By Caroline Wright
Chinese New Year is more than a month away, but David Chang, managing partner of Little Village Noodle House, has already begun to plan a menu for the event.
The celebratory spread will be a spectacular feast of 10 courses, each dish more delectable than the last, most made with ingredients that carry deep symbolic meaning.
“Chinese New Year is all about inviting luck, prosperity, and longevity,” Chang explains. “Those are key elements to bring into the New Year.”
The Year of the Pig begins on Feb. 5, but the very special Chinese New Year menu will be available from dinnertime Wednesday, Jan. 30 to Feb. 5, with telephone reservations. A meal for an intimate party of four guests is priced at $188 and a merry celebration of 10 is $368.
The menu for the Year of the Pig will begin with Imperial Seafood Winter Melon Soup. “It’s a seasonal soup, with the flavors of the winter,” says Chang. “There’s not too much meaning attached to it, but it’s perfect for this time of year.”
The feast continues with Seafood Lettuce Wrap, also known as san choi ba. “‘San’ means alive, and ‘choi’ means wealth,” Chang says. “That’s why we have the wrap at the beginning of the year.” Steamed Oysters in Half-Shell with Chili Black Beans, a dish that symbolizes prosperity, is next. And no meal honoring the Year of the Pig would be complete without a glorious pork dish. Little Village’s Kau Yuk with Steamed Bun, made with braised pork belly, is a perfect representative.
Similar to Peking duck, the succulent pork is tucked into buns with green onions and a sauce fragrant with star anise.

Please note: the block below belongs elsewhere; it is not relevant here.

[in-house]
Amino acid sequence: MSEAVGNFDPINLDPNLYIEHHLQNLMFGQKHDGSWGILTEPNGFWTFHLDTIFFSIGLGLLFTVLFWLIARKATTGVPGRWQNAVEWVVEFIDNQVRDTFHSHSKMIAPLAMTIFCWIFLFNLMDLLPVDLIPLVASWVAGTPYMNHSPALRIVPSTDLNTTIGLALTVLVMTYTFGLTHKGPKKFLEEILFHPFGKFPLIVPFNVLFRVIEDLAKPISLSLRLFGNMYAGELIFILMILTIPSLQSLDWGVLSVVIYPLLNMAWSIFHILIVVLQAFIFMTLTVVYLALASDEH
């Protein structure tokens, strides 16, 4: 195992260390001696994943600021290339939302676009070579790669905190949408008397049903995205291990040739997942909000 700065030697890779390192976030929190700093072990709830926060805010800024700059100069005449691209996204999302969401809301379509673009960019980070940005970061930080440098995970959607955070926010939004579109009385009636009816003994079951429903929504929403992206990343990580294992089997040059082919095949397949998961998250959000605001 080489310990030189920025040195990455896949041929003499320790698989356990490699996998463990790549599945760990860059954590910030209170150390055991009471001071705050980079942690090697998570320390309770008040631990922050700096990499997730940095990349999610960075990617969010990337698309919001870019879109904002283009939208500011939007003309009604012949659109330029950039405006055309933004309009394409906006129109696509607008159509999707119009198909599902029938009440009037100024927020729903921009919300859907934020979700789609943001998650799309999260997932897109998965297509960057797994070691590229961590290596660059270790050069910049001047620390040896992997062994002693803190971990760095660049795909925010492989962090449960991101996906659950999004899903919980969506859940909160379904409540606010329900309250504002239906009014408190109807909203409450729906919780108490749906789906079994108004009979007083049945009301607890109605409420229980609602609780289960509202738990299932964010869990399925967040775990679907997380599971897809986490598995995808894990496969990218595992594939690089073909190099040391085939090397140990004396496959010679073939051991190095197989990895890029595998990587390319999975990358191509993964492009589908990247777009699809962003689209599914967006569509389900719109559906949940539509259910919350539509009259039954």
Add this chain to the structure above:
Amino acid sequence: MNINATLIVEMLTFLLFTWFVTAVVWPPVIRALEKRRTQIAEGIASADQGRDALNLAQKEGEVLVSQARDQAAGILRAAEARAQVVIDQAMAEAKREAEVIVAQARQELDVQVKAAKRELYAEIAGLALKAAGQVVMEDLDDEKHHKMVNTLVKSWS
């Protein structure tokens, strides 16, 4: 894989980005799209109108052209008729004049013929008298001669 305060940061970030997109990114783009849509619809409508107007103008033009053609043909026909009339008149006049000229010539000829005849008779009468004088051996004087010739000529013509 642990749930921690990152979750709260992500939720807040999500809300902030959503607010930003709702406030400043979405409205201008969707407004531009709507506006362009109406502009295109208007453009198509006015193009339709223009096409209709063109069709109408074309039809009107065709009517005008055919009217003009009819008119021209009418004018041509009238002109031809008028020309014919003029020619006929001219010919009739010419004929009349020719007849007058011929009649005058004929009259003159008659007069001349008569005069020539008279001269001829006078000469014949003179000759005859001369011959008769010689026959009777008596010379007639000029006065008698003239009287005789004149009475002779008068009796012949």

“It should melt in your mouth,” says Chang. “The bun absorbs the sauce and blends with the pork belly in a very balanced way.”
The pork course is followed by Salt & Pepper Kauai Prawns, a perennial crowd-pleaser at Little Village, and then with Steamed Baby Gai Lan with Oyster Sauce — tender Chinese baby broccoli in oyster sauce — and Firecracker Chicken, a returning favorite.
Naturally, Little Village’s New Year’s menu boasts its delectable Oven Fresh Roasted Duck.
“Of all the duck dishes in the world, Chinese duck is the best,” Chang chuckles. “Ours is marinated for over 24 hours, and roasted at low heat to keep moisture inside. We turn up the heat at the end to get the skin really crispy.”
Loaded with rice noodles, carrots, tofu, snow peas, gingko nuts and more, Little Village’s Good Luck Jai might be the most important dish on the menu.
“Every Chinese New Year, we’re supposed to eat jai for cleansing,” Chang says. “Every ingredient symbolizes prosperity and health for the New Year. It should bring a lot of good luck.”
The meal ends with simple Custard Tapioca for dessert. With 10 courses, this is a feast that should be enjoyed at a leisurely pace. Kung Hee Fat Choy!